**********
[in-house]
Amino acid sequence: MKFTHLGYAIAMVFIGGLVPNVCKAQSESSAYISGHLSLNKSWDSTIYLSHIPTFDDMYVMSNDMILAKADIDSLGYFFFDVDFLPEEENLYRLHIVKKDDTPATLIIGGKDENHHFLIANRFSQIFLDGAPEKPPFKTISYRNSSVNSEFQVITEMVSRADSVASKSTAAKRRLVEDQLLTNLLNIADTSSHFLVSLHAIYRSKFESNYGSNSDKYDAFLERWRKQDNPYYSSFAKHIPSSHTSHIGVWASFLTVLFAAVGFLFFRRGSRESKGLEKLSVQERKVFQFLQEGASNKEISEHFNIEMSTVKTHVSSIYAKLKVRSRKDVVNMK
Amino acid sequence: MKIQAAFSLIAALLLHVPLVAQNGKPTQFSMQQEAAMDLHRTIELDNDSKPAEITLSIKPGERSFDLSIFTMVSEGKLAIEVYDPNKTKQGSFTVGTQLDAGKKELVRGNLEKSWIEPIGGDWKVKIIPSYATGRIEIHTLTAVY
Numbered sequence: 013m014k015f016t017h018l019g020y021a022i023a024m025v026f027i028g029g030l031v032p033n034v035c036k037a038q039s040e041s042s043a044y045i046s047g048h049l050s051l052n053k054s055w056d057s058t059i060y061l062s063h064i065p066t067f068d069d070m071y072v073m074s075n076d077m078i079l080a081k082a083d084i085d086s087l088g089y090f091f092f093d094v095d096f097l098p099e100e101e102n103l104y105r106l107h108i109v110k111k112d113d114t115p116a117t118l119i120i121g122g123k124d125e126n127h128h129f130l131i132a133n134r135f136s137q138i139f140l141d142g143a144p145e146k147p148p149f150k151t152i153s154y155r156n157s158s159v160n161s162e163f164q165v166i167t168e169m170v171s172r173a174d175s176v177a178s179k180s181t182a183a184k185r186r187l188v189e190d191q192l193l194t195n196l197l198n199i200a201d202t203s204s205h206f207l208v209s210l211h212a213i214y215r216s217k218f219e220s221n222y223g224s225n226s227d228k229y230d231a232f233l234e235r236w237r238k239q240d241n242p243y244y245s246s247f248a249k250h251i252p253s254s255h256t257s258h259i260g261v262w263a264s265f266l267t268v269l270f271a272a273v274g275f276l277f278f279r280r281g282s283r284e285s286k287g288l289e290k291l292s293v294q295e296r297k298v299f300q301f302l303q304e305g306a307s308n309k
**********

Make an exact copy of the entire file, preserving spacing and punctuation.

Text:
[in-house]
Amino acid sequence: MKFTHLGYAIAMVFIGGLVPNVCKAQSESSAYISGHLSLNKSWDSTIYLSHIPTFDDMYVMSNDMILAKADIDSLGYFFFDVDFLPEEENLYRLHIVKKDDTPATLIIGGKDENHHFLIANRFSQIFLDGAPEKPPFKTISYRNSSVNSEFQVITEMVSRADSVASKSTAAKRRLVEDQLLTNLLNIADTSSHFLVSLHAIYRSKFESNYGSNSDKYDAFLERWRKQDNPYYSSFAKHIPSSHTSHIGVWASFLTVLFAAVGFLFFRRGSRESKGLEKLSVQERKVFQFLQEGASNKEISEHFNIEMSTVKTHVSSIYAKLKVRSRKDVVNMK
Amino acid sequence: MKIQAAFSLIAALLLHVPLVAQNGKPTQFSMQQEAAMDLHRTIELDNDSKPAEITLSIKPGERSFDLSIFTMVSEGKLAIEVYDPNKTKQGSFTVGTQLDAGKKELVRGNLEKSWIEPIGGDWKVKIIPSYATGRIEIHTLTAVY
Numbered sequence: 013m014k015f016t017h018l019g020y021a022i023a024m025v026f027i028g029g030l031v032p033n034v035c036k037a038q039s040e041s042s043a044y045i046s047g048h049l050s051l052n053k054s055w056d057s058t059i060y061l062s063h064i065p066t067f068d069d070m071y072v073m074s075n076d077m078i079l080a081k082a083d084i085d086s087l088g089y090f091f092f093d094v095d096f097l098p099e100e101e102n103l104y105r106l107h108i109v110k111k112d113d114t115p116a117t118l119i120i121g122g123k124d125e126n127h128h129f130l131i132a133n134r135f136s137q138i139f140l141d142g143a144p145e146k147p148p149f150k151t152i153s154y155r156n157s158s159v160n161s162e163f164q165v166i167t168e169m170v171s172r173a174d175s176v177a178s179k180s181t182a183a184k185r186r187l188v189e190d191q192l193l194t195n196l197l198n199i200a201d202t203s204s205h206f207l208v209s210l211h212a213i214y215r216s217k218f219e220s221n222y223g224s225n226s227d228k229y230d231a232f233l234e235r236w237r238k239q240d241n242p243y244y245s246s247f248a249k250h251i252p253s254s255h256t257s258h259i260g261v262w263a264s265f266l267t268v269l270f271a272a273v274g275f276l277f278f279r280r281g282s283r284e285s286k287g288l289e290k291l292s293v294q295e296r297k298v299f300q301f302l303q304e305g306a307s308n309k